Yukon legal aid’s current budget will only allow it to pay for 100 hours of preparation work on a complex homicide case involving two suspects, an amount of time their lawyers say simply does not allow for them to mount a proper defence. (Yukon News file)

Yukon legal aid can only fund 100 hours to prep for murder case, executive director says

Lawyers for Charabelle and Lynzee Silverfox, charged with first-degree murder, seeking more funding

Yukon legal aid’s current budget will only allow it to pay for 100 hours of preparation work on a complex homicide case involving two suspects, an amount of time their lawyers say simply does not allow for them to mount a proper defence.

David Christie, the executive director of the Yukon Legal Services Society (YLSS, also known as legal aid), made the assertion in court July 30.

He was being cross-examined on an affidavit he’d filed in response to an application from lawyers representing Lynzee and Charabelle Silverfox, who are both facing first-degree murder charges in relation to the 2017 death of 37-year-old Derek Edwards in Pelly Crossing.

Their lawyers, Jennifer Budgell and Jennifer Cunningham, have turned to the Yukon Supreme Court to seek more funding to allow for more hours of preparation for the case.

An affidavit filed by Cunningham’s articling student, Lorna Fadden, notes that they’ve already received an enormous amount of evidence to review, including 3,315 pdf pages, 2,674 photos and 114 hours of audio and video.

First-degree murder, the affidavit also notes, is the most serious criminal charge someone can face in Canada, with an automatic sentence of life in prison with no chance of parole for at least 25 years if convicted.

Christie, in court, said he thought Budgell and Cunningham’s request for more preparation hours was fair, but that legal aid’s budget wouldn’t allow for it.

“I think it’s a reasonable request, I think it meets that test … but it’s the second part of what I have to consider, our budget, that it doesn’t meet,” he said.

“And that’s an unfortunate reality. I’d be much happier when our budget does allow to approve more requests, but (approving requests is) budget-dependent.”

In his affidavit, filed in June, Christie wrote that the YLSS has the smallest budget of any legal aid plan in Canada, with the Yukon government providing $2.64 million in core funding for 2020-21.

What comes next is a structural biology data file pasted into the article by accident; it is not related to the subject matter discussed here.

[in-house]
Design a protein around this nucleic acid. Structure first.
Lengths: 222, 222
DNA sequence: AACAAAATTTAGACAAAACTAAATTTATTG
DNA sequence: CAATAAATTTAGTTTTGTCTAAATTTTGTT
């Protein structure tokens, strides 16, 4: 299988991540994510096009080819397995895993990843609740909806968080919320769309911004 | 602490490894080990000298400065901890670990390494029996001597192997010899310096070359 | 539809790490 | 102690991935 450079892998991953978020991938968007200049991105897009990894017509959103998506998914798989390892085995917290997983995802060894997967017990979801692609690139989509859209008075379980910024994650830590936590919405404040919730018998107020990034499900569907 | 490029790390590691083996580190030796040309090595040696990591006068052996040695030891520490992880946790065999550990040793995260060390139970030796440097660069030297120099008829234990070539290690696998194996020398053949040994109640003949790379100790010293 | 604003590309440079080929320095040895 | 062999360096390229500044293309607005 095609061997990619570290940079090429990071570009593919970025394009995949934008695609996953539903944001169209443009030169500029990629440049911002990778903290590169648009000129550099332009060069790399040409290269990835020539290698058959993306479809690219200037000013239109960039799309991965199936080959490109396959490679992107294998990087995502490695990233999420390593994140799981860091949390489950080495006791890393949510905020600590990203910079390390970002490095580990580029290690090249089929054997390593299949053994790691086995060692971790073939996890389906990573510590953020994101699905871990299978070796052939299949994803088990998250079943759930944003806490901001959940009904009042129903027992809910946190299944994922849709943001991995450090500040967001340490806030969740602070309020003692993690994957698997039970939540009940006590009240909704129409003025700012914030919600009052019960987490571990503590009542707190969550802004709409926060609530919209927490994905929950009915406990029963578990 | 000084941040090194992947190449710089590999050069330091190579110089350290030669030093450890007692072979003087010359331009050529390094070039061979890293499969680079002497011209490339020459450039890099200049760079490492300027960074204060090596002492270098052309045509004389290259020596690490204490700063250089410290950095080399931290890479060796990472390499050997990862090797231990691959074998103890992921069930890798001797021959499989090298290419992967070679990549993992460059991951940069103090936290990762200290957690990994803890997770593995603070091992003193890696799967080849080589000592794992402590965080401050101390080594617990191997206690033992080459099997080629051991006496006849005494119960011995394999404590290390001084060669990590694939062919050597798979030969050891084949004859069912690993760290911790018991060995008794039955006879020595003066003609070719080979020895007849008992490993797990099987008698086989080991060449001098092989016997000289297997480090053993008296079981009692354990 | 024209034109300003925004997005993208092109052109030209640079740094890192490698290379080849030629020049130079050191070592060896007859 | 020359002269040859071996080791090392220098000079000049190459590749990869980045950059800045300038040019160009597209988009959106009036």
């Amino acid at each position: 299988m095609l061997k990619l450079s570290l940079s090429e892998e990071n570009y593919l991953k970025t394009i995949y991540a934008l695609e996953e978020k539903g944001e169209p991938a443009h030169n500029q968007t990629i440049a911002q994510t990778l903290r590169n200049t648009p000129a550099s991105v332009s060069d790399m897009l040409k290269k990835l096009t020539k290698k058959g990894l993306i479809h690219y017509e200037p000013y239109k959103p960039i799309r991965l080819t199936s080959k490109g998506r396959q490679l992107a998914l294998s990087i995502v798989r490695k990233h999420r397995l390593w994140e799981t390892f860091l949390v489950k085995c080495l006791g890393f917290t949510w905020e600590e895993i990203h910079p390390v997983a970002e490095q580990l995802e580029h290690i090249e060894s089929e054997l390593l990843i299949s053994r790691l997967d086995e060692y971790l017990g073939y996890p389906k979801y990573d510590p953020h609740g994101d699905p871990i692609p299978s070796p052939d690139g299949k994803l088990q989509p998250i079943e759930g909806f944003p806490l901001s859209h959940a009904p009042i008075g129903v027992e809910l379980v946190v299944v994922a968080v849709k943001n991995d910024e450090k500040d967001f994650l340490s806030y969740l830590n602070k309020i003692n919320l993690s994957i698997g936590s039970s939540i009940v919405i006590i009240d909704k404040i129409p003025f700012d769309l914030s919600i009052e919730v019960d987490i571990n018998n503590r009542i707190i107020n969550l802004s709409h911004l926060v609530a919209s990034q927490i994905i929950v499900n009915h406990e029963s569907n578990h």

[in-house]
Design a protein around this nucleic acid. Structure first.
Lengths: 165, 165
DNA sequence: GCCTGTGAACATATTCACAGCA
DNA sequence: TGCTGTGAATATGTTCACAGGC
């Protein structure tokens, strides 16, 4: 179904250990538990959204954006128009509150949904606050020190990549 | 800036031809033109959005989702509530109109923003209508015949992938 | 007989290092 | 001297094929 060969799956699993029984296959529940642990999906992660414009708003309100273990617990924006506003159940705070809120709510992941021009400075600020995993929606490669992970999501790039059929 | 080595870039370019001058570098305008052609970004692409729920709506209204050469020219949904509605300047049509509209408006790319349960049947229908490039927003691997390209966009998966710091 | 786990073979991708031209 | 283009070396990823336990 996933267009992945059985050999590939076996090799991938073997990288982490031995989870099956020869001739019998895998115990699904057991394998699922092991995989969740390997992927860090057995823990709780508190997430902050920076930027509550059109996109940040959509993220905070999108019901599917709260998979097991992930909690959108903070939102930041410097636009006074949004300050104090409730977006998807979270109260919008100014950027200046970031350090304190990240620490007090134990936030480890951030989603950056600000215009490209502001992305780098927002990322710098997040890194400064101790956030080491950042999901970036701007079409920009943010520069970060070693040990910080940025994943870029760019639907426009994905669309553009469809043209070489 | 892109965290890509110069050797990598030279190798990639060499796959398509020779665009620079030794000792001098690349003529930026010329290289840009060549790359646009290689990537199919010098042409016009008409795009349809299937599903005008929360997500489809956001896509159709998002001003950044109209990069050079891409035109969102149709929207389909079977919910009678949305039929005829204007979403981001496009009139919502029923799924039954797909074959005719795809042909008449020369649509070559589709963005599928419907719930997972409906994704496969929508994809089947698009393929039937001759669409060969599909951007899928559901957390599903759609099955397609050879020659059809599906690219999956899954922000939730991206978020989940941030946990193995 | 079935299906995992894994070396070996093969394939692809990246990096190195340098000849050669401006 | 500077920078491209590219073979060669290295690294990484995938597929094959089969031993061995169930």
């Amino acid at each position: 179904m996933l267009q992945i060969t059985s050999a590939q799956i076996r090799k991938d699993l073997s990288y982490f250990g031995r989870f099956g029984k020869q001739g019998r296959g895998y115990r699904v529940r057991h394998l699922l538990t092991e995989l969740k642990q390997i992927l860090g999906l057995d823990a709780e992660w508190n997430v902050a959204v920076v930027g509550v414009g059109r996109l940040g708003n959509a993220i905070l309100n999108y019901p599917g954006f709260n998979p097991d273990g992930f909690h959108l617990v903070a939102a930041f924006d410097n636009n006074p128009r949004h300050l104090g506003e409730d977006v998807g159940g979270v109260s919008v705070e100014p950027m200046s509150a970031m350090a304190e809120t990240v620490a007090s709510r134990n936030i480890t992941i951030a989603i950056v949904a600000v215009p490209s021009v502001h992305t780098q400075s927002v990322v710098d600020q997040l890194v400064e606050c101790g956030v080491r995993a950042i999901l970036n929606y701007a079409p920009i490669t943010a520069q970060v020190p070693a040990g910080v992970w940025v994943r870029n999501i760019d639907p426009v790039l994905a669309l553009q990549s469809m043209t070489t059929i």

On top of criminal defence, it also handles child protection, family law and Mental Health Act proceedings. While it has staff lawyers, the society often outsources work to private lawyers due to capacity issues.

“YLSS resources are quite limited and if too many resources are spent on one matter, it has an adverse, limiting effect on other services,” Christie’s affidavit says. “That means that some Yukoners will not get services that they desperately need.”

The affidavit also notes that two lawyers from Alberta, over the past two years, have accepted homicide files in the Yukon at legal aid’s rates, and that Outside lawyers often willingly take on Yukon cases to get experience practicing in the territory. It notes that YLSS has received “positive expressions of interest” from a lawyer in Alberta and another in Ontario in taking on the Silverfox matter.

Budgell and Cunningham declined to comment for this story, but their application materials state that both have developed good working relationships with the Silverfox sisters, both of whom wish to keep them on as counsel. However, the materials say that neither lawyer can mount a proper defence with the time legal aid is able to pay for.

It’s the second time legal aid funding for a murder case has recently come before the Yukon Supreme Court.

David Tarnow, a Vancouver-based defence lawyer who practices in the Yukon, brought a similar application in the case of his client Everett Chief, who’s facing two counts of first-degree murder in relation to the 2017 killings of Wendy Carlick and Sarah MacIntosh in Whitehorse.

He, too, was given 100 hours for preparation.

“It’s just completely inadequate,” Tarnow, whose application for more hours was unsuccessful, said in an interview Aug. 5.

”You’ve got to do a good job; you can’t do a murder case with all the disclosure that we get from the Crown prosecutors for a hundred hours. It just can’t be done … I guess I’ll do it, but I won’t get paid properly. It’s just so inadequate.”

He estimated that in his case, he would actually need 250 to 300 hours for preparation to do an appropriate job.

Budgell and Cunningham will make their arguments on their application in court next month.

Contact Jackie Hong at jackie.hong@yukon-news.com

Criminal Justice

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